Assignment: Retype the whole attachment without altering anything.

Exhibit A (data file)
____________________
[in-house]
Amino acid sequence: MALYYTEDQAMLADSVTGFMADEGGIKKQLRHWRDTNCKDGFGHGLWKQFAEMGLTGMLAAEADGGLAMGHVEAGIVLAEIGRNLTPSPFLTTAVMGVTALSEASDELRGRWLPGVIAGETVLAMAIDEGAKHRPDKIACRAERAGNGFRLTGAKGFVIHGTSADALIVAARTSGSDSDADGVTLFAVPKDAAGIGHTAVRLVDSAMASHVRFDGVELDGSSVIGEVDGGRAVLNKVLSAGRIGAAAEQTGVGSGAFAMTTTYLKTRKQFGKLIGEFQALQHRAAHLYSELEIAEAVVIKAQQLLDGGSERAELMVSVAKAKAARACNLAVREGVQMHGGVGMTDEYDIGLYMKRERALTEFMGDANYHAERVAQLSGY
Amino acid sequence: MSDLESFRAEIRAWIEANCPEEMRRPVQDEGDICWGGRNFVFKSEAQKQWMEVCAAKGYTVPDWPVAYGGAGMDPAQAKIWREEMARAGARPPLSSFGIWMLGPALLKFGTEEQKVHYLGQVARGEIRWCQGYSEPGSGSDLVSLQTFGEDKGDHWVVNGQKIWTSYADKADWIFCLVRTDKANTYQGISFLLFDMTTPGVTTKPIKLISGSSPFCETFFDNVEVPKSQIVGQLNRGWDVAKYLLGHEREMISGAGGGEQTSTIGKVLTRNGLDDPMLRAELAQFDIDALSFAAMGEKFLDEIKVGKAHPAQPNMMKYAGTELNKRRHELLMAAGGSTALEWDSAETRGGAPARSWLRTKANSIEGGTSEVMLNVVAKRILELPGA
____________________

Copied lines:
[in-house]
Amino acid sequence: MALYYTEDQAMLADSVTGFMADEGGIKKQLRHWRDTNCKDGFGHGLWKQFAEMGLTGMLAAEADGGLAMGHVEAGIVLAEIGRNLTPSPFLTTAVMGVTALSEASDELRGRWLPGVIAGETVLAMAIDEGAKHRPDKIACRAERAGNGFRLTGAKGFVIHGTSADALIVAARTSGSDSDADGVTLFAVPKDAAGIGHTAVRLVDSAMASHVRFDGVELDGSSVIGEVDGGRAVLNKVLSAGRIGAAAEQTGVGSGAFAMTTTYLKTRKQFGKLIGEFQALQHRAAHLYSELEIAEAVVIKAQQLLDGGSERAELMVSVAKAKAARACNLAVREGVQMHGGVGMTDEYDIGLYMKRERALTEFMGDANYHAERVAQLSGY
Amino acid sequence: MSDLESFRAEIRAWIEANCPEEMRRPVQDEGDICWGGRNFVFKSEAQKQWMEVCAAKGYTVPDWPVAYGGAGMDPAQAKIWREEMARAGARPPLSSFGIWMLGPALLKFGTEEQKVHYLGQVARGEIRWCQGYSEPGSGSDLVSLQTFGEDKGDHWVVNGQKIWTSYADKADWIFCLVRTDKANTYQGISFLLFDMTTPGVTTKPIKLISGSSPFCETFFDNVEVPKSQIVGQLNRGWDVAKYLLGHEREMISGAGGGEQTSTIGKVLTRNGLDDPMLRAELAQFDIDALSFAAMGEKFLDEIKVGKAHPAQPNMMKYAGTELNKRRHELLMAAGGSTALEWDSAETRGGAPARSWLRTKANSIEGGTSEVMLNVVAKRILELPGA